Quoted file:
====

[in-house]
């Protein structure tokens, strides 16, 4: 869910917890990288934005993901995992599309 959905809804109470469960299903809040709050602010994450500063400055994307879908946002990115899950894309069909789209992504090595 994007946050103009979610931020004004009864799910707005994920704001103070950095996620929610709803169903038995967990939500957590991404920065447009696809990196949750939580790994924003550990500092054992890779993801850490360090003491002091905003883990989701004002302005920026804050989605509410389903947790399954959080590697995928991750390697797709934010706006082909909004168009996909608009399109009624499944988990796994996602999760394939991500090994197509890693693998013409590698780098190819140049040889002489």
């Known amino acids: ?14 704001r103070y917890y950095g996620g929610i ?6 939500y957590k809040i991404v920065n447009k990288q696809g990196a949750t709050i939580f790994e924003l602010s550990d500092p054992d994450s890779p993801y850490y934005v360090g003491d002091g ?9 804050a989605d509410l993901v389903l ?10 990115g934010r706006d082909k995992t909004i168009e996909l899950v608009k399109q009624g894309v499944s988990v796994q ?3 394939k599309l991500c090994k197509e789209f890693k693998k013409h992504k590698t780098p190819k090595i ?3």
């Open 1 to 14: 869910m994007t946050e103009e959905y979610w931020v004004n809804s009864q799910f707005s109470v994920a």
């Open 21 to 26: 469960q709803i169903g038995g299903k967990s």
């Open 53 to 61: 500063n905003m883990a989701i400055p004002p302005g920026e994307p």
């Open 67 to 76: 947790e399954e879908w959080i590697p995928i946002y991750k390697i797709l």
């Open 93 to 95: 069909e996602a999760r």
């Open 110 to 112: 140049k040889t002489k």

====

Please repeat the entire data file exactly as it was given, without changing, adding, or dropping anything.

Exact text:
[in-house]
């Protein structure tokens, strides 16, 4: 869910917890990288934005993901995992599309 959905809804109470469960299903809040709050602010994450500063400055994307879908946002990115899950894309069909789209992504090595 994007946050103009979610931020004004009864799910707005994920704001103070950095996620929610709803169903038995967990939500957590991404920065447009696809990196949750939580790994924003550990500092054992890779993801850490360090003491002091905003883990989701004002302005920026804050989605509410389903947790399954959080590697995928991750390697797709934010706006082909909004168009996909608009399109009624499944988990796994996602999760394939991500090994197509890693693998013409590698780098190819140049040889002489």
């Known amino acids: ?14 704001r103070y917890y950095g996620g929610i ?6 939500y957590k809040i991404v920065n447009k990288q696809g990196a949750t709050i939580f790994e924003l602010s550990d500092p054992d994450s890779p993801y850490y934005v360090g003491d002091g ?9 804050a989605d509410l993901v389903l ?10 990115g934010r706006d082909k995992t909004i168009e996909l899950v608009k399109q009624g894309v499944s988990v796994q ?3 394939k599309l991500c090994k197509e789209f890693k693998k013409h992504k590698t780098p190819k090595i ?3």
């Open 1 to 14: 869910m994007t946050e103009e959905y979610w931020v004004n809804s009864q799910f707005s109470v994920a």
């Open 21 to 26: 469960q709803i169903g038995g299903k967990s």
């Open 53 to 61: 500063n905003m883990a989701i400055p004002p302005g920026e994307p």
């Open 67 to 76: 947790e399954e879908w959080i590697p995928i946002y991750k390697i797709l």
């Open 93 to 95: 069909e996602a999760r």
């Open 110 to 112: 140049k040889t002489k």